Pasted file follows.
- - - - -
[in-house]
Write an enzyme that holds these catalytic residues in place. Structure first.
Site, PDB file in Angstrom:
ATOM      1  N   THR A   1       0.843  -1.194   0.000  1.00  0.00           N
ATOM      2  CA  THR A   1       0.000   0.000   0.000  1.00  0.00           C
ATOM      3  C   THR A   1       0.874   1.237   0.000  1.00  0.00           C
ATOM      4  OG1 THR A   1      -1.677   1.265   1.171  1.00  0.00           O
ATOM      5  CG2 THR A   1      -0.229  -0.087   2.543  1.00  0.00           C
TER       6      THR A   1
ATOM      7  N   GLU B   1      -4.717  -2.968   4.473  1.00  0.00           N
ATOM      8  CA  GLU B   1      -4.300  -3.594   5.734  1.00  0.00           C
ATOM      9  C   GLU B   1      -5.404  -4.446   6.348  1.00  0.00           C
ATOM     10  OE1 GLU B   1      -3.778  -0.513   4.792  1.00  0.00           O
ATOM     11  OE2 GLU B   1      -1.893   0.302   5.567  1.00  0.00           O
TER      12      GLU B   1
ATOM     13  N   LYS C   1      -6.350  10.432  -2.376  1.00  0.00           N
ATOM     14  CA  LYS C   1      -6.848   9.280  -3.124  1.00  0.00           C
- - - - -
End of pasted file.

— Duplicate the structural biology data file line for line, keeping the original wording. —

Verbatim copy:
[in-house]
Write an enzyme that holds these catalytic residues in place. Structure first.
Site, PDB file in Angstrom:
ATOM      1  N   THR A   1       0.843  -1.194   0.000  1.00  0.00           N
ATOM      2  CA  THR A   1       0.000   0.000   0.000  1.00  0.00           C
ATOM      3  C   THR A   1       0.874   1.237   0.000  1.00  0.00           C
ATOM      4  OG1 THR A   1      -1.677   1.265   1.171  1.00  0.00           O
ATOM      5  CG2 THR A   1      -0.229  -0.087   2.543  1.00  0.00           C
TER       6      THR A   1
ATOM      7  N   GLU B   1      -4.717  -2.968   4.473  1.00  0.00           N
ATOM      8  CA  GLU B   1      -4.300  -3.594   5.734  1.00  0.00           C
ATOM      9  C   GLU B   1      -5.404  -4.446   6.348  1.00  0.00           C
ATOM     10  OE1 GLU B   1      -3.778  -0.513   4.792  1.00  0.00           O
ATOM     11  OE2 GLU B   1      -1.893   0.302   5.567  1.00  0.00           O
TER      12      GLU B   1
ATOM     13  N   LYS C   1      -6.350  10.432  -2.376  1.00  0.00           N
ATOM     14  CA  LYS C   1      -6.848   9.280  -3.124  1.00  0.00           C